What Are Moisture Ants and Where to Find Them?

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What Are Moisture Ants?

Moisture Ants or “Yellow Ants” as they are sometimes called usually refer to a genus of ant called Lasius. The type found in homes is typically 4-5mm long, and yellow to reddish-brown in coloration. Moisture Ants are Wood Destroying Organisms, which exploit damp or rotten wood to excavate nests. Over time, they can do significant damage to wooden structures.


Moisture Ants vs. Other Ants

In the Pacific Northwest, Moisture Ants are most commonly confused with Carpenter Ants or Velvety Tree Ants. All three of these ants are Wood Destroying Organisms; however, Moisture Ants cannot excavate dry hardwoods. They can circumvent this limitation by carrying damp soil to the wood to induce rot, a process that softens the wood enough for the ants to make galleries. Carpenter Ants in a structure will leave coarse frass resembling sawdust from their galleries, whereas Velvety Tree Ants will leave a finer powder. Moisture Ants create “carton-like” galleries made of soil and the own ants’ secretions. These galleries are often woven into insulation & have a dark, crumbly texture resembling fungus. As always, capturing a specimen is the best way to make a clear identification.


Moisture Ants vs. Termites

Moisture Ant activity is often mistaken for Termites due to the tendency to gather soil and bring it to the wood. Additionally, the presence of wet or rotting wood can also attract Dampwood Termites or even Subterranean Termites; Termites and Ants can infest the same structure. The key difference between Wood Destroying ants & Termites is that ants do not eat the wood; they excavate it to create nests. As such, there will be accumulations of frass from the excavated wood. Termites will instead produce fecal pellets as the wood is consumed & digested.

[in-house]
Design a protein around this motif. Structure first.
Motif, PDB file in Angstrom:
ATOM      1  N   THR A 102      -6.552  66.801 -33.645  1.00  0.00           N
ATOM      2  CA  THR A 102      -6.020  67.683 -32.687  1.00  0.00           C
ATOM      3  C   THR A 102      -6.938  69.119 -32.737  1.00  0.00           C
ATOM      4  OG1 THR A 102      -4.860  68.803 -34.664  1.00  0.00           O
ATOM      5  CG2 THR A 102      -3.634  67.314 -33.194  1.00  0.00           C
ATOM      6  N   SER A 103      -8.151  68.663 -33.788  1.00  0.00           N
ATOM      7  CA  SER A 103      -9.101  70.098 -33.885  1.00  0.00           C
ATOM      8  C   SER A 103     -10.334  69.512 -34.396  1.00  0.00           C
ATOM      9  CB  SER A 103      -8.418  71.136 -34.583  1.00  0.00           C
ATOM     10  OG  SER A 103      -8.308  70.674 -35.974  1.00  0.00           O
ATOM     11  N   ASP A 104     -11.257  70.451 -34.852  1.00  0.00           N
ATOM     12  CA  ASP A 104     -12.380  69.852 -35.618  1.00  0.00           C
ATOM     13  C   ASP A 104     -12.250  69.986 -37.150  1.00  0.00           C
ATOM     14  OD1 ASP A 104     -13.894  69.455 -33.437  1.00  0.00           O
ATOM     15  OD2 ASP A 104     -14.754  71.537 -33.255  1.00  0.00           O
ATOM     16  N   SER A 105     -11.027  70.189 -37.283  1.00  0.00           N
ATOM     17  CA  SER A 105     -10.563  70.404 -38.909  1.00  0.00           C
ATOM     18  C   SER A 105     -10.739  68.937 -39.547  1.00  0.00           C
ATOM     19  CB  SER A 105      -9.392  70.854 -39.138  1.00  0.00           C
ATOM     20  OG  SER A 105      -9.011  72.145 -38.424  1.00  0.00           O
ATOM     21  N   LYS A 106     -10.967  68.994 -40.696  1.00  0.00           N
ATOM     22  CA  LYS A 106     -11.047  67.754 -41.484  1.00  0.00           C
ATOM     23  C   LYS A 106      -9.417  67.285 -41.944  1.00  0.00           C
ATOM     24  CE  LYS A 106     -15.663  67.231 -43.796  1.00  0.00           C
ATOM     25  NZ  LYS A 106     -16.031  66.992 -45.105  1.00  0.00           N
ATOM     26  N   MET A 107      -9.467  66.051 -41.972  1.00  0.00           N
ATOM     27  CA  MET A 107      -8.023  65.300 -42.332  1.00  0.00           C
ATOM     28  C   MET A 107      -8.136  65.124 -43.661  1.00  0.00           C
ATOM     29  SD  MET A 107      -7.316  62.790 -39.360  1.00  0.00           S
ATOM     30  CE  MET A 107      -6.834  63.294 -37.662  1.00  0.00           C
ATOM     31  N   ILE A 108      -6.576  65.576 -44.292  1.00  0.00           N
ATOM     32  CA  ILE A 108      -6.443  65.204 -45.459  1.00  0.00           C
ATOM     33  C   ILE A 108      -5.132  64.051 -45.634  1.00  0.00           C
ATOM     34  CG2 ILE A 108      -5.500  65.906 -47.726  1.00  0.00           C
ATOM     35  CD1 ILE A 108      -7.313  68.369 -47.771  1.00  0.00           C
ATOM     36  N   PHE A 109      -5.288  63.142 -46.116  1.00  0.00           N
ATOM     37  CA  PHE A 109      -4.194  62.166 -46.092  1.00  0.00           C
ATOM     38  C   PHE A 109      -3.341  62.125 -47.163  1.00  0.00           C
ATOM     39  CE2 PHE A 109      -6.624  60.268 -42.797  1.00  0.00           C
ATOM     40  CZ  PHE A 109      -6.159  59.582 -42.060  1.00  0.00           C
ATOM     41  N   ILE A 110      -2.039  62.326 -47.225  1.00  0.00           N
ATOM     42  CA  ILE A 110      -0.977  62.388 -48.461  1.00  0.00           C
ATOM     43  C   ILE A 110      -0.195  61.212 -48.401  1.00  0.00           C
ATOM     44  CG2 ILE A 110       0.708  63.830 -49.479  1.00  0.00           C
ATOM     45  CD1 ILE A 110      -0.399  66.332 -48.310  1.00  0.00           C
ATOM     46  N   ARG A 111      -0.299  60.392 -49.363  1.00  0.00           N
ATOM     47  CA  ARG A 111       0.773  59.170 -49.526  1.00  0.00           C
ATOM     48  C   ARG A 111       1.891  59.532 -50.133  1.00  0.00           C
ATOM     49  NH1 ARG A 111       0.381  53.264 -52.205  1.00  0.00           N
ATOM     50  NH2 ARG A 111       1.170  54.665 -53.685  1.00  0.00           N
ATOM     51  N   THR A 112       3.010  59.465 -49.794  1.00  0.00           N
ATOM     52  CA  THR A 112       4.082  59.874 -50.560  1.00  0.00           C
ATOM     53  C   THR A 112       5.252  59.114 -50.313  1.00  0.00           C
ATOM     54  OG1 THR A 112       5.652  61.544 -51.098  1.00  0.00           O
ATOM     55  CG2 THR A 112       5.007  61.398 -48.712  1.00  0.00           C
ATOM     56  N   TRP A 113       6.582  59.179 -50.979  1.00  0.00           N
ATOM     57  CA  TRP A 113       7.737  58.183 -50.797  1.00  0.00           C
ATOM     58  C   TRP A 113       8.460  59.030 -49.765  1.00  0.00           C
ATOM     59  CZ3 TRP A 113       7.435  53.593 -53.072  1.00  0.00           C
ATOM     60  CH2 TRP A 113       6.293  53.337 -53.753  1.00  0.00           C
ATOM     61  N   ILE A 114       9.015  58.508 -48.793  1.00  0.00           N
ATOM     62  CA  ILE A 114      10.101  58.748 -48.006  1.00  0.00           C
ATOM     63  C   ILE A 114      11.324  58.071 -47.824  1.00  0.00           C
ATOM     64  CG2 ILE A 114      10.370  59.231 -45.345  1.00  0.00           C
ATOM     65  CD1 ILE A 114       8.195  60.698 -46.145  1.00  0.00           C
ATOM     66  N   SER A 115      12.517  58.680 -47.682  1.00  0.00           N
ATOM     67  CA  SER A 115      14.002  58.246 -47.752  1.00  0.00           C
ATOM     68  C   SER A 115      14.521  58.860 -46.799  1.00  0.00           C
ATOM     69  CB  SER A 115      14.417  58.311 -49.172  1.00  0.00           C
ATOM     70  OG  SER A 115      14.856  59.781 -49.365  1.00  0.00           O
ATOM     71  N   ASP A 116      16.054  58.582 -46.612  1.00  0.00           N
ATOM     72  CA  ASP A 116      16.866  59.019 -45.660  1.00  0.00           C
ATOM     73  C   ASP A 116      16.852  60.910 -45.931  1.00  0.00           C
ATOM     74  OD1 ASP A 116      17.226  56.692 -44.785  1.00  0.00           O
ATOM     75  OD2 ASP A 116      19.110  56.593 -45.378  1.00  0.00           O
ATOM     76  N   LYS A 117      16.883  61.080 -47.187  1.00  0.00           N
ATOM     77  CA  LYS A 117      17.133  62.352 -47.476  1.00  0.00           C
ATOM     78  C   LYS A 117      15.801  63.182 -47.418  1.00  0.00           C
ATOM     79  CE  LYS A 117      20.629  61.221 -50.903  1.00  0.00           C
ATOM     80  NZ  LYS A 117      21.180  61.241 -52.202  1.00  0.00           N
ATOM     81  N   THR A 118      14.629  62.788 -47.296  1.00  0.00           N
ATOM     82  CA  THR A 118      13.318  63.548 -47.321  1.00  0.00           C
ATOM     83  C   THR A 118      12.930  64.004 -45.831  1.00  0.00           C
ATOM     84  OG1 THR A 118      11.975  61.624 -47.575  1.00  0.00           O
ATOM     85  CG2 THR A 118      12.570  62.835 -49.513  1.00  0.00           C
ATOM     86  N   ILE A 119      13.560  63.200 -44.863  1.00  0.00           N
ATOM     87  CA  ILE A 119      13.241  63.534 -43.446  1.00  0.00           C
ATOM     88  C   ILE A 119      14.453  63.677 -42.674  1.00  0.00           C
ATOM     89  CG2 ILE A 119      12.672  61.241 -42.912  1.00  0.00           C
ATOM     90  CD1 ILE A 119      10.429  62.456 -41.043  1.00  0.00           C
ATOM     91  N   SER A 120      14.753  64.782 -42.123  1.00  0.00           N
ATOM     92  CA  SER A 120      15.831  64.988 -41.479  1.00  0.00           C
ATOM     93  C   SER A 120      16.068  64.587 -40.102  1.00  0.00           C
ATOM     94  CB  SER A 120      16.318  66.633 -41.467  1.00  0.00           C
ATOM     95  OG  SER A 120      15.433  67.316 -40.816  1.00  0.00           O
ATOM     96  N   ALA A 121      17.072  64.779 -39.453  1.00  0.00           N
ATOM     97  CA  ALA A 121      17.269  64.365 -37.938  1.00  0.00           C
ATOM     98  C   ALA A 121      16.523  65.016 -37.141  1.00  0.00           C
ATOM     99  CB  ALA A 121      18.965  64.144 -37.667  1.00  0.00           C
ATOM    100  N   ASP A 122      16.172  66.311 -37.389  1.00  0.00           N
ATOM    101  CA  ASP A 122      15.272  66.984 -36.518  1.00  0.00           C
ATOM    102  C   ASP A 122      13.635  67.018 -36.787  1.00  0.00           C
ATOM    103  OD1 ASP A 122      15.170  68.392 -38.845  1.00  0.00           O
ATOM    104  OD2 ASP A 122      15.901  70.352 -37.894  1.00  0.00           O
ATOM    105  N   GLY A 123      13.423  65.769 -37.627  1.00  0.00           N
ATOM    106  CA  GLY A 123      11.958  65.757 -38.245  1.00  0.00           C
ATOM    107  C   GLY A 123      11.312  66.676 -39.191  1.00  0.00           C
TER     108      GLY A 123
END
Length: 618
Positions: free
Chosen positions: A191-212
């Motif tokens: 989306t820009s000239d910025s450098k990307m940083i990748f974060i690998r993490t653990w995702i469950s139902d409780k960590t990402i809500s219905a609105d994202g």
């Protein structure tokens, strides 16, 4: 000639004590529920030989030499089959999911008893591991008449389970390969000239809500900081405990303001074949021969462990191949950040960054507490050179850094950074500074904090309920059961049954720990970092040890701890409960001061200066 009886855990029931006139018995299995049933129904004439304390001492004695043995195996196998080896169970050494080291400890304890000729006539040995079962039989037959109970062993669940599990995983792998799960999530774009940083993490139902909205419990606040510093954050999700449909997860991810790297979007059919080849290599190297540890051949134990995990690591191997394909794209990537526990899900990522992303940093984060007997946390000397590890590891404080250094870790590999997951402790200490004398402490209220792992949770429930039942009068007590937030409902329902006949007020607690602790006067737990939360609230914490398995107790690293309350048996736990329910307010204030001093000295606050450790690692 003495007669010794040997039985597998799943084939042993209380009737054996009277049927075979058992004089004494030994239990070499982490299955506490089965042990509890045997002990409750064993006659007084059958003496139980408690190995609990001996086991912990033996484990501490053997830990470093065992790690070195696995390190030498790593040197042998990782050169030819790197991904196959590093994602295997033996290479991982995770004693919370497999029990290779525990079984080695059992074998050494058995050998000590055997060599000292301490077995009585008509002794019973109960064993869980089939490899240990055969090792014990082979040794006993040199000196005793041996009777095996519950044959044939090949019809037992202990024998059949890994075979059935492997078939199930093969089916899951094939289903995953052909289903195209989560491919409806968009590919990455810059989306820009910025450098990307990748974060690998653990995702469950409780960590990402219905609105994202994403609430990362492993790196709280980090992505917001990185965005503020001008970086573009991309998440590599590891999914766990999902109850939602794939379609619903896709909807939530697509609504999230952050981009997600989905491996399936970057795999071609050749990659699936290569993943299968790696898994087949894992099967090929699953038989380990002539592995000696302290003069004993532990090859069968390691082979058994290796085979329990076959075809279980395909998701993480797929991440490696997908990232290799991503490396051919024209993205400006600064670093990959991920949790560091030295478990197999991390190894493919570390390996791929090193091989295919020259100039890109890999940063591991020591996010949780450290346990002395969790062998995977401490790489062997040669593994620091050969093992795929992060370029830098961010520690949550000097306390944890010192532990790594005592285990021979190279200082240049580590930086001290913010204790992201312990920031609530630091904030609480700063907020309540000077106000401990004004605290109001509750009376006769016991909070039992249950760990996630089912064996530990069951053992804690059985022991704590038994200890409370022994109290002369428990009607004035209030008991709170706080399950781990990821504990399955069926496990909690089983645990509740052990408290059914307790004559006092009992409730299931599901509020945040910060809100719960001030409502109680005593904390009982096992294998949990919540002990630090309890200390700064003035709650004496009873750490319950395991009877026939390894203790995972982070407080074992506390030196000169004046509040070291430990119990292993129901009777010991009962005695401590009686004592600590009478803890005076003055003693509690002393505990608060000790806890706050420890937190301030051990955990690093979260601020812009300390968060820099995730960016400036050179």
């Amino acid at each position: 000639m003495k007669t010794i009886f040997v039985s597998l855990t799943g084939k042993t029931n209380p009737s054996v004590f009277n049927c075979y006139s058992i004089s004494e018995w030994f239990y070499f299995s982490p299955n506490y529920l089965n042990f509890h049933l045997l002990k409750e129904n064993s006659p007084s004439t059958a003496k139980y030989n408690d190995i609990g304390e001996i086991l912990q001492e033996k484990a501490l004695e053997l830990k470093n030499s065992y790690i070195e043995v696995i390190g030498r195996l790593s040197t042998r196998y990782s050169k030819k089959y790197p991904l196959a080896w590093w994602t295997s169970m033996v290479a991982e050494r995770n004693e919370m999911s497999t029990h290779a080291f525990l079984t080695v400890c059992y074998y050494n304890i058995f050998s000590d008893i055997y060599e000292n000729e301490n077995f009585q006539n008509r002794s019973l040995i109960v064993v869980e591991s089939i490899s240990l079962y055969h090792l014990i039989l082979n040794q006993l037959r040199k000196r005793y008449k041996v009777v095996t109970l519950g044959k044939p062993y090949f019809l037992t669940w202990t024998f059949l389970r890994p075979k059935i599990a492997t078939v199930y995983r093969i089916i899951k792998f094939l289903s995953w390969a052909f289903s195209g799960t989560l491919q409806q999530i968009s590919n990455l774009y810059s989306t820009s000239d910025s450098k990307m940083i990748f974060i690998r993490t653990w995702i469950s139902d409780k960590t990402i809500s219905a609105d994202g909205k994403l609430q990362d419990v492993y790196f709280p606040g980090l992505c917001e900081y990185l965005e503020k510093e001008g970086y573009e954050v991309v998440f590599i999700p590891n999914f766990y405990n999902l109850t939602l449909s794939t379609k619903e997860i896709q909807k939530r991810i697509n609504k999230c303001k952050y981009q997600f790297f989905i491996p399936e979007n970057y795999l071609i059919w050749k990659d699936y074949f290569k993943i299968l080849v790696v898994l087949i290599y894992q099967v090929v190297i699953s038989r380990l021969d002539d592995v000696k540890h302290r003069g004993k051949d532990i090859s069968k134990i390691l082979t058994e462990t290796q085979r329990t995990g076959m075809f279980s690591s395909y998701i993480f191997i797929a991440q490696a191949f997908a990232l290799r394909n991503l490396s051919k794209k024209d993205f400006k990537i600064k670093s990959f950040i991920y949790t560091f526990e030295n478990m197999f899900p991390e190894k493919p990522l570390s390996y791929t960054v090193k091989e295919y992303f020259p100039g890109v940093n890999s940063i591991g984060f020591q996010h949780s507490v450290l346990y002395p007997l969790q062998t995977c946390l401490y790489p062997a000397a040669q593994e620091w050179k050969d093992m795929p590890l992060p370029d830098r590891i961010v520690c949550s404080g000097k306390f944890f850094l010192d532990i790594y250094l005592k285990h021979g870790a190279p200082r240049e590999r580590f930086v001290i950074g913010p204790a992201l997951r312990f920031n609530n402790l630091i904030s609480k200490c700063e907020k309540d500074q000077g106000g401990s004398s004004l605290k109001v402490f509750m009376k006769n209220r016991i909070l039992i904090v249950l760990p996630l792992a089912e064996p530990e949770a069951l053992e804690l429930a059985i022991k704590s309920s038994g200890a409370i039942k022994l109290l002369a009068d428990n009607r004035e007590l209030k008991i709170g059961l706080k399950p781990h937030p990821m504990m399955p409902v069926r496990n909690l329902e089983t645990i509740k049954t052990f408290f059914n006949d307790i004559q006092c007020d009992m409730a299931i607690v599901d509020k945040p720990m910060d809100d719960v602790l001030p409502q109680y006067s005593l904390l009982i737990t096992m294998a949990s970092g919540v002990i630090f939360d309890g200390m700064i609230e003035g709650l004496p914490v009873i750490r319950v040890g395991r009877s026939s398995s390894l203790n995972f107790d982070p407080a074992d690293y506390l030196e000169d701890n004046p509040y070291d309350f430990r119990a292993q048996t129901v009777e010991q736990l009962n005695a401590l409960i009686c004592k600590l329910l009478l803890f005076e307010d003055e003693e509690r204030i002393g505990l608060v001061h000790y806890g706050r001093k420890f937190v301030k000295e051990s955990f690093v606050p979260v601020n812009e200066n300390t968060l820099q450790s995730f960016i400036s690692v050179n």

How to Find Moisture Ant Nests

Typically Moisture Ant nests are located by tracing the foraging ants as they leave the structure, typically on the exterior foundation or in the crawl space. It is critical to remove soil touching the siding, as Moisture Ants can burrow from the soil to the siding without ever becoming visible otherwise. When attempting to locate a nest inside an interior wall, a Moisture Meter and a small rubber mallet can be useful tools. The nests will be sufficiently wet that they should register on the Meter. Tapping the wall with the mallet can cause soil or frass to spill out if the bottom is unsecured/unfinished. Moisture Ant nests can cover a wide area, and it is not unusual for an entire wall to be infested if sufficient moisture exists. 


How to Get Rid of Moisture Ants

For immediate results, injecting nest areas with an appropriately labeled insecticide will eliminate the nest. Generally, a foam formulation is preferred, as that penetrates the insulation, carton substrate better, and will fill the void completely. Treating the exterior perimeter and the crawlspace is also advised. It will be necessary to remove conducive conditions such as soil touching the siding for this treatment to be fully effective. When infestation is removed, it is best to replace any rotted or damaged wood and correct any sources of water damage that may have led to the infestation in the first place.


Contact Wayfare Pest Solution

If you think that your house has been infested by Moisture Ants and need help finding a pest solution, contact us for more information or to schedule a service.

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